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We have an existing internal domain with extension .internal

The .internal extension has been in-place for years and the AD has over 90 users with a linked to Exchange 2007 email accounts.

We now have a need to use signed SSL certificates, these need to be trusted by a third party. We are having difficulty locating a CA who will certify the .internal domain which is to some extent fair enough.

As I see it we have two choices:

One create an internal CA and persuade the 3rd party to add this to their own trusted root store (unlikely)

Two migrate the domain to .local. Does anyone have any experience of this, I know there is a procedure to rename a domain on AD but this does not seem to support Exchange.

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What does RFD in your title mean? – MDMarra Sep 28 '11 at 11:12
You don't say what you need to use SSL certificates for. That information might help us better understand your problem and allow us to offer alternative solutions. – joeqwerty Sep 28 '11 at 11:16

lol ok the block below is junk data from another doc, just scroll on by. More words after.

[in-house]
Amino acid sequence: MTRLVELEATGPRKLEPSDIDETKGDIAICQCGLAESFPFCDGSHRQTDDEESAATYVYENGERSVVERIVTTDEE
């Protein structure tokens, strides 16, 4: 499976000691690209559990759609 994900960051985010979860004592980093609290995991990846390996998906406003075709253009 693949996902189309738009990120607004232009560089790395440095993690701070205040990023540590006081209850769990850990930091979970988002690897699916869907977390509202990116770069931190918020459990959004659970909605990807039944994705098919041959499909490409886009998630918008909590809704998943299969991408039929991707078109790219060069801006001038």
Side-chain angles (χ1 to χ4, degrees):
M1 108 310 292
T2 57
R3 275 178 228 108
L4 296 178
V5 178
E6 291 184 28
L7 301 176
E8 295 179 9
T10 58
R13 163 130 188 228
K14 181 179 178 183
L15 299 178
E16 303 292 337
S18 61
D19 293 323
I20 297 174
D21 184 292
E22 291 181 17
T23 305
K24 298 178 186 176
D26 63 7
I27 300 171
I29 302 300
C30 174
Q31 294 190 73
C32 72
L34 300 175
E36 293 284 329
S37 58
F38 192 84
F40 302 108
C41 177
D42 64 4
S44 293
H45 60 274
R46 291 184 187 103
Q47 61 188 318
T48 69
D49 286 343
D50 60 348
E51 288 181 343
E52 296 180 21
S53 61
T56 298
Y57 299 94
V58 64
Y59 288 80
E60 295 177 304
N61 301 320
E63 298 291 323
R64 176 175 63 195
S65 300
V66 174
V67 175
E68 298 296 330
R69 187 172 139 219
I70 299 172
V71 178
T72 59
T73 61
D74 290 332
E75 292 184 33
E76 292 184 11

I'm curious (as we're planning to use .local).. Do you have some kind of verification that this would have worked with a .local domain? – pauska Sep 28 '11 at 11:41
RFD means I can't type :) RFC see link – RichardP Sep 28 '11 at 12:39
@RichardP .local actually isn't reserved in RFC2606 and the tlds and 2nd levels that are reserved are reserved explicitly for testing. – MDMarra Sep 28 '11 at 14:00
up vote 2 down vote accepted

.local is just as bad as .internal! You should use a third level subdomain that you actually own like where is your real legit ICANN (or whatever) registered domain name.

You are right about not being able to rename the domain with Exchange installed. After you have a new domain in place with the right domain name, you can use ADMT to perform a cross-forest migration of users, groups, computers, and servers. You're going to have to do a cross-forest migration of Exchange, too, which can be painful but there are tons of tools out there to do that for you.

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Just a quick addtional note. Verisign were able to issue a certificate for a domain ending .internal. So if you want to avoid an AD migration (and who doesn't) then there are alternatives.

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